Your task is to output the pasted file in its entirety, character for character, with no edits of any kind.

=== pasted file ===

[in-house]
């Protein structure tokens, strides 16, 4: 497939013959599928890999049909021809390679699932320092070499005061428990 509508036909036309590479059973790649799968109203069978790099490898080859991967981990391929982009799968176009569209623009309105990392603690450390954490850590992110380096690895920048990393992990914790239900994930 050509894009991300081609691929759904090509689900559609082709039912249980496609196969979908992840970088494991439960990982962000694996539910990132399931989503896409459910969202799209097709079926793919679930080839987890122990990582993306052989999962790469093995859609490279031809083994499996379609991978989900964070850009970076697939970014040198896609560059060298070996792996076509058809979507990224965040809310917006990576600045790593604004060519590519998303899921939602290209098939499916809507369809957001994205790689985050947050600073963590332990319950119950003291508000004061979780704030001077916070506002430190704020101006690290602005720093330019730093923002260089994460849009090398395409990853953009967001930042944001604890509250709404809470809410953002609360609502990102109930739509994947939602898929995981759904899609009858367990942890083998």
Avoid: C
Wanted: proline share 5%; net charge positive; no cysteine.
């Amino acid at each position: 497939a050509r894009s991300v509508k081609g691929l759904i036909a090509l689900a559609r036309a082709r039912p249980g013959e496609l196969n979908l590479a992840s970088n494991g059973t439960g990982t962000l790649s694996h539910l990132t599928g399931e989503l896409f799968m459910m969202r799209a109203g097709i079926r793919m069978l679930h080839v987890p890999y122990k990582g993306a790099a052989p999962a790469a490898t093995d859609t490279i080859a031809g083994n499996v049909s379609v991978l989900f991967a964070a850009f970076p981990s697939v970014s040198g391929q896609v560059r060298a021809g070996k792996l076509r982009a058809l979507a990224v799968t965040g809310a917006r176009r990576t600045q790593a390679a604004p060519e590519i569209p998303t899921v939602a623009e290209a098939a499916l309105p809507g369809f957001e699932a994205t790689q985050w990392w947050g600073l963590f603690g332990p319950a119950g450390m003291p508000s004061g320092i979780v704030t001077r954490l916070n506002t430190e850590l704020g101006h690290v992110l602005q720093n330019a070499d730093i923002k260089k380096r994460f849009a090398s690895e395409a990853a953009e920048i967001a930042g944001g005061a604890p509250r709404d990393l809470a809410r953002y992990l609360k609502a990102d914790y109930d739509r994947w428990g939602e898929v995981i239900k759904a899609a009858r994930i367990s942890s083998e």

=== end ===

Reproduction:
[in-house]
């Protein structure tokens, strides 16, 4: 497939013959599928890999049909021809390679699932320092070499005061428990 509508036909036309590479059973790649799968109203069978790099490898080859991967981990391929982009799968176009569209623009309105990392603690450390954490850590992110380096690895920048990393992990914790239900994930 050509894009991300081609691929759904090509689900559609082709039912249980496609196969979908992840970088494991439960990982962000694996539910990132399931989503896409459910969202799209097709079926793919679930080839987890122990990582993306052989999962790469093995859609490279031809083994499996379609991978989900964070850009970076697939970014040198896609560059060298070996792996076509058809979507990224965040809310917006990576600045790593604004060519590519998303899921939602290209098939499916809507369809957001994205790689985050947050600073963590332990319950119950003291508000004061979780704030001077916070506002430190704020101006690290602005720093330019730093923002260089994460849009090398395409990853953009967001930042944001604890509250709404809470809410953002609360609502990102109930739509994947939602898929995981759904899609009858367990942890083998």
Avoid: C
Wanted: proline share 5%; net charge positive; no cysteine.
């Amino acid at each position: 497939a050509r894009s991300v509508k081609g691929l759904i036909a090509l689900a559609r036309a082709r039912p249980g013959e496609l196969n979908l590479a992840s970088n494991g059973t439960g990982t962000l790649s694996h539910l990132t599928g399931e989503l896409f799968m459910m969202r799209a109203g097709i079926r793919m069978l679930h080839v987890p890999y122990k990582g993306a790099a052989p999962a790469a490898t093995d859609t490279i080859a031809g083994n499996v049909s379609v991978l989900f991967a964070a850009f970076p981990s697939v970014s040198g391929q896609v560059r060298a021809g070996k792996l076509r982009a058809l979507a990224v799968t965040g809310a917006r176009r990576t600045q790593a390679a604004p060519e590519i569209p998303t899921v939602a623009e290209a098939a499916l309105p809507g369809f957001e699932a994205t790689q985050w990392w947050g600073l963590f603690g332990p319950a119950g450390m003291p508000s004061g320092i979780v704030t001077r954490l916070n506002t430190e850590l704020g101006h690290v992110l602005q720093n330019a070499d730093i923002k260089k380096r994460f849009a090398s690895e395409a990853a953009e920048i967001a930042g944001g005061a604890p509250r709404d990393l809470a809410r953002y992990l609360k609502a990102d914790y109930d739509r994947w428990g939602e898929v995981i239900k759904a899609a009858r994930i367990s942890s083998e």